An FDA advisory committee will meet Friday to review the data and is expected to authorize the vaccine for emergency use in individuals 18 and older within days. The vaccine maker has 4 million doses of its COVID vaccine ready to ship if the FDA grants EAU.
J&J submitted its COVID vaccine data to the FDA earlier this month. Only two months of phase 3 safety data is needed for emergency approval compared to six months of data needed for a vaccine to be fully licensed, according to CNBC.
According to the FDA’s report, J&J’s vaccine has an overall efficacy rating of 66% for preventing “moderate to severe COVID-19,” but was even less effective against the new South Africa variant. The vaccine was only 42.3% effective about a month after getting the shot in people 60 or older who had comorbidities, reported CNBC.
The FDA said J&J’s shot could speed up vaccinations and is “safe to use” while the Centers for Disease Control and Prevention noted the flu vaccine in a good year is only 60% effective, yet is still recommended bi-yearly.
Experts say the J&J COVID vaccine can’t be compared to Pfizer or Moderna’s vaccines because they have been tested differently and it “wouldn’t be surprising if one dose turns out to be a little weaker than two,” according to the Chicago Tribune. Policymakers will decide if less efficacy is an acceptable trade-off if it means more people could get vaccinated faster.
European regulators and the World Health Organization are also considering J&J’s vaccine, according to a CBS report. Considering J&J’s relationship with the Bill & Melinda Gates Foundation and the Global Alliance for Vaccines and Immunizations, and the U.S. government’s $1 billion deal with J&J to buy 100 million doses of its experimental vaccine, emergency approval is likely.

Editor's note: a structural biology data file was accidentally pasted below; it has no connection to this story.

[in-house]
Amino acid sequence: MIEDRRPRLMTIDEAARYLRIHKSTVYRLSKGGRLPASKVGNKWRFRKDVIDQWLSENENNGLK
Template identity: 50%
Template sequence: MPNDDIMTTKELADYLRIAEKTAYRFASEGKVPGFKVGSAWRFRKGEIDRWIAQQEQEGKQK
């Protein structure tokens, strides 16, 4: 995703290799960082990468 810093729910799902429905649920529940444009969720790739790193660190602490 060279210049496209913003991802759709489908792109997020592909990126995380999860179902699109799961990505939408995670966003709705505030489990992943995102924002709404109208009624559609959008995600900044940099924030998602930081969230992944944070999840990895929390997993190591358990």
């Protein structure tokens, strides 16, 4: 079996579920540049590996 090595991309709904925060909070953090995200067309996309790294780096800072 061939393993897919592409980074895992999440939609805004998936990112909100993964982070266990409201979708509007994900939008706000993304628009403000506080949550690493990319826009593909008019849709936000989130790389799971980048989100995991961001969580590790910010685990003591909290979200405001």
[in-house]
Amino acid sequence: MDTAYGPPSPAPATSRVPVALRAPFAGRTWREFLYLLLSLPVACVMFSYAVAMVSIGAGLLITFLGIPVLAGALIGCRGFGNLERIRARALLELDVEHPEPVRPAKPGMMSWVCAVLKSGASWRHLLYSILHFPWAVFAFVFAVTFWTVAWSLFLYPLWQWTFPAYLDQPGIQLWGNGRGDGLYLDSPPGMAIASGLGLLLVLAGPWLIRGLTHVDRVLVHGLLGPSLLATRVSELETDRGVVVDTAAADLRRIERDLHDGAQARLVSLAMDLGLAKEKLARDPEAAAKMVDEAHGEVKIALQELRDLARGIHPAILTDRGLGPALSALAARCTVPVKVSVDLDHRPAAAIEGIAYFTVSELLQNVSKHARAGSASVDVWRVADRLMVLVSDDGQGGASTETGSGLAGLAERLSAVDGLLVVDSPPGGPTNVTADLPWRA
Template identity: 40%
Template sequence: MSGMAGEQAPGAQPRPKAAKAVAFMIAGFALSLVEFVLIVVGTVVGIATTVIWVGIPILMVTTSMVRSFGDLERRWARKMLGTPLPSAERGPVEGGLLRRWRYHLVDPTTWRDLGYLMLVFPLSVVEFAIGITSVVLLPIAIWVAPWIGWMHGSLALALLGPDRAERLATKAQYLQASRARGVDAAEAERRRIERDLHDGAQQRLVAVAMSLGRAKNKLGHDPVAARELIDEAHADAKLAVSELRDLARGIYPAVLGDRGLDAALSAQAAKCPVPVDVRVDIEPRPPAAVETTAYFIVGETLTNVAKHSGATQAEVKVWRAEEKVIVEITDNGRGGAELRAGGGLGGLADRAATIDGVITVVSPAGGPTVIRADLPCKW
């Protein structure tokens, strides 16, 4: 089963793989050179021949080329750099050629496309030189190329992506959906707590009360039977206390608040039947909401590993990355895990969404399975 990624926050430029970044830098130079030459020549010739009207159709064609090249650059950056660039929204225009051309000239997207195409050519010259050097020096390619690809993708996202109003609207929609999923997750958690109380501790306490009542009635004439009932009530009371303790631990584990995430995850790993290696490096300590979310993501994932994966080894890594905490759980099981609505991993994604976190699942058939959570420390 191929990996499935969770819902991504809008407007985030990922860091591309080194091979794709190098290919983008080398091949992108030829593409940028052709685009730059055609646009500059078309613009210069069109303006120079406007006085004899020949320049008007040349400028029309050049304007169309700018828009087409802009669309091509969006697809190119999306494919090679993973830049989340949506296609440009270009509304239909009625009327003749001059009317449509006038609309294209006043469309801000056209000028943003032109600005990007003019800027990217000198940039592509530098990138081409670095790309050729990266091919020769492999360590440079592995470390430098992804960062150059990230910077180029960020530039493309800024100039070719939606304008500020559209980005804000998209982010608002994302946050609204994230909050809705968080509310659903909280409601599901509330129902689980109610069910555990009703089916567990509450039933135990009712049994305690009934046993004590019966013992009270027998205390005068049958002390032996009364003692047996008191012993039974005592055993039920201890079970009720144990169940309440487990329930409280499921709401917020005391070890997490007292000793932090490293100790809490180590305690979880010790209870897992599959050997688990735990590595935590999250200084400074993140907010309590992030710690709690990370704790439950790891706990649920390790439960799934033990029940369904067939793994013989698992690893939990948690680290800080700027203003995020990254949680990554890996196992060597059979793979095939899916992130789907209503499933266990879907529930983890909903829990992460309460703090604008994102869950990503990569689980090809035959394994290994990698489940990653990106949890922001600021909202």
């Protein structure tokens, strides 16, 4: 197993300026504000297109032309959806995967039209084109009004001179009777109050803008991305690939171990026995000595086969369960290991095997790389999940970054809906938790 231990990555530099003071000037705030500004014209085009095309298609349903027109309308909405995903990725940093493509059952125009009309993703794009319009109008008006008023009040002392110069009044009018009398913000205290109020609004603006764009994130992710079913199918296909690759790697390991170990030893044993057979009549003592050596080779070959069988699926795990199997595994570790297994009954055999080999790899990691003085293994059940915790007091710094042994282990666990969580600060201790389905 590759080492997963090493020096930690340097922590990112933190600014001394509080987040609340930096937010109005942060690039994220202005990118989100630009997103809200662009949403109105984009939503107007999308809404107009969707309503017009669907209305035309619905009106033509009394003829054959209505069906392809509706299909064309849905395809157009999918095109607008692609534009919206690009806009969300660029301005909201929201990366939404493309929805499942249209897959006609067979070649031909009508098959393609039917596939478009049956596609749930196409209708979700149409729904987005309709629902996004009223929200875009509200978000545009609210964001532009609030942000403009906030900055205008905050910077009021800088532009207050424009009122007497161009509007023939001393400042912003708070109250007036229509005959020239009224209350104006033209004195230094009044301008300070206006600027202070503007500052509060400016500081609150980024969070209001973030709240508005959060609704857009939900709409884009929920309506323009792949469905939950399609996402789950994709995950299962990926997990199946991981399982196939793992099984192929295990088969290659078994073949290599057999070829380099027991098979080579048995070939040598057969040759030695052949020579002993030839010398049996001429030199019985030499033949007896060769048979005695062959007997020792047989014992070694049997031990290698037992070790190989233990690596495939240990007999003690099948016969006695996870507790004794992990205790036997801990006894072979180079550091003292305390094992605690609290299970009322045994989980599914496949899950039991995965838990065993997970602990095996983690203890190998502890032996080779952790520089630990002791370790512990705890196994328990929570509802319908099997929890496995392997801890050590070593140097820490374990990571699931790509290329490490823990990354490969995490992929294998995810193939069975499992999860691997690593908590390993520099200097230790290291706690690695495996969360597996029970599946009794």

According to the FDA analysis, J&J’s vaccine consists of a “replication-incompetent recombinant adenovirus type 26, a SARS-CoV-2 spike protein, and contains the following inactive ingredients: citric acid monohydrate, trisodium citrate dihydrate, ethanol, 2-hydroxypropyl-β-cyclodextrin (HBCD), polysorbate 80, sodium chloride, sodium hydroxide, and hydrochloric acid. The adenovirus is also grown in the PER.C6® aborted fetal cell line.
Although the FDA identified no safety concerns with J&J’s COVID vaccine, The Defender reported in October 2020 that the company temporarily paused phase 3 clinical trials of its COVID-19 vaccine after one participant experienced an “unexplained illness” believed to be connected to the experimental vaccine.
At the Oct. 30 Advisory Committee on Immunization Practices (ACIP) meeting, Johnson & Johnson’s Dr. Jerald Sadoff was pressed by no fewer than six ACIP members to reveal the illness, but refused, citing confidentiality.
Polysorbate 80, an ingredient in J&J’s vaccine, has also been suspected as an underlying cause of anaphylactic COVID vaccine adverse reactions. Studies show that polysorbate 80 disrupts the normally protective blood-brain barrier.
J&J will face no liability as it brings it’s COVID vaccine to market as the Public Readiness and Emergency Preparedness Act implemented in March 2020 indemnified vaccine manufacturers from harmful effects caused by their products post-approval.
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